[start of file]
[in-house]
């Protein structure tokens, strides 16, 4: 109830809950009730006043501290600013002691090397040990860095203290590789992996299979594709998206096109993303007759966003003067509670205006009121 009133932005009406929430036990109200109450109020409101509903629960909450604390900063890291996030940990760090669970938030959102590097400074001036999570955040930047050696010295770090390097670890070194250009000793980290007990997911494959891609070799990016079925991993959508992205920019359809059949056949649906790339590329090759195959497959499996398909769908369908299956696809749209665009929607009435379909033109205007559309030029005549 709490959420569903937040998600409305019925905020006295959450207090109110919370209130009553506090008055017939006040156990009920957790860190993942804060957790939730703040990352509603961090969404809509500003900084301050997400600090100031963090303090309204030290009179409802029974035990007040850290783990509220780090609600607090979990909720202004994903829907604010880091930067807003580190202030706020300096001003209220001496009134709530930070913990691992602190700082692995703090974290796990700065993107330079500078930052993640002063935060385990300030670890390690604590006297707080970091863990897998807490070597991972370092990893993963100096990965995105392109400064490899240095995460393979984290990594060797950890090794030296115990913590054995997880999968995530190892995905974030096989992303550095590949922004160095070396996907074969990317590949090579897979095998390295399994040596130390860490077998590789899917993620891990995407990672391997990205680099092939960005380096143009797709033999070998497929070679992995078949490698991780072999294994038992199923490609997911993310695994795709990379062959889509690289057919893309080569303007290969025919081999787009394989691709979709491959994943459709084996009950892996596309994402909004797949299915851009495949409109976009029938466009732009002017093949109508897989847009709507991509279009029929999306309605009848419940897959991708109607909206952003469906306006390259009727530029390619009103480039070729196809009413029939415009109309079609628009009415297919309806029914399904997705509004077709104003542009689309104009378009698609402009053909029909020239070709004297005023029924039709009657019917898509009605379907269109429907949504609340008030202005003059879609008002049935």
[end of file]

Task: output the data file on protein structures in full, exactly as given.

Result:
[in-house]
């Protein structure tokens, strides 16, 4: 109830809950009730006043501290600013002691090397040990860095203290590789992996299979594709998206096109993303007759966003003067509670205006009121 009133932005009406929430036990109200109450109020409101509903629960909450604390900063890291996030940990760090669970938030959102590097400074001036999570955040930047050696010295770090390097670890070194250009000793980290007990997911494959891609070799990016079925991993959508992205920019359809059949056949649906790339590329090759195959497959499996398909769908369908299956696809749209665009929607009435379909033109205007559309030029005549 709490959420569903937040998600409305019925905020006295959450207090109110919370209130009553506090008055017939006040156990009920957790860190993942804060957790939730703040990352509603961090969404809509500003900084301050997400600090100031963090303090309204030290009179409802029974035990007040850290783990509220780090609600607090979990909720202004994903829907604010880091930067807003580190202030706020300096001003209220001496009134709530930070913990691992602190700082692995703090974290796990700065993107330079500078930052993640002063935060385990300030670890390690604590006297707080970091863990897998807490070597991972370092990893993963100096990965995105392109400064490899240095995460393979984290990594060797950890090794030296115990913590054995997880999968995530190892995905974030096989992303550095590949922004160095070396996907074969990317590949090579897979095998390295399994040596130390860490077998590789899917993620891990995407990672391997990205680099092939960005380096143009797709033999070998497929070679992995078949490698991780072999294994038992199923490609997911993310695994795709990379062959889509690289057919893309080569303007290969025919081999787009394989691709979709491959994943459709084996009950892996596309994402909004797949299915851009495949409109976009029938466009732009002017093949109508897989847009709507991509279009029929999306309605009848419940897959991708109607909206952003469906306006390259009727530029390619009103480039070729196809009413029939415009109309079609628009009415297919309806029914399904997705509004077709104003542009689309104009378009698609402009053909029909020239070709004297005023029924039709009657019917898509009605379907269109429907949504609340008030202005003059879609008002049935």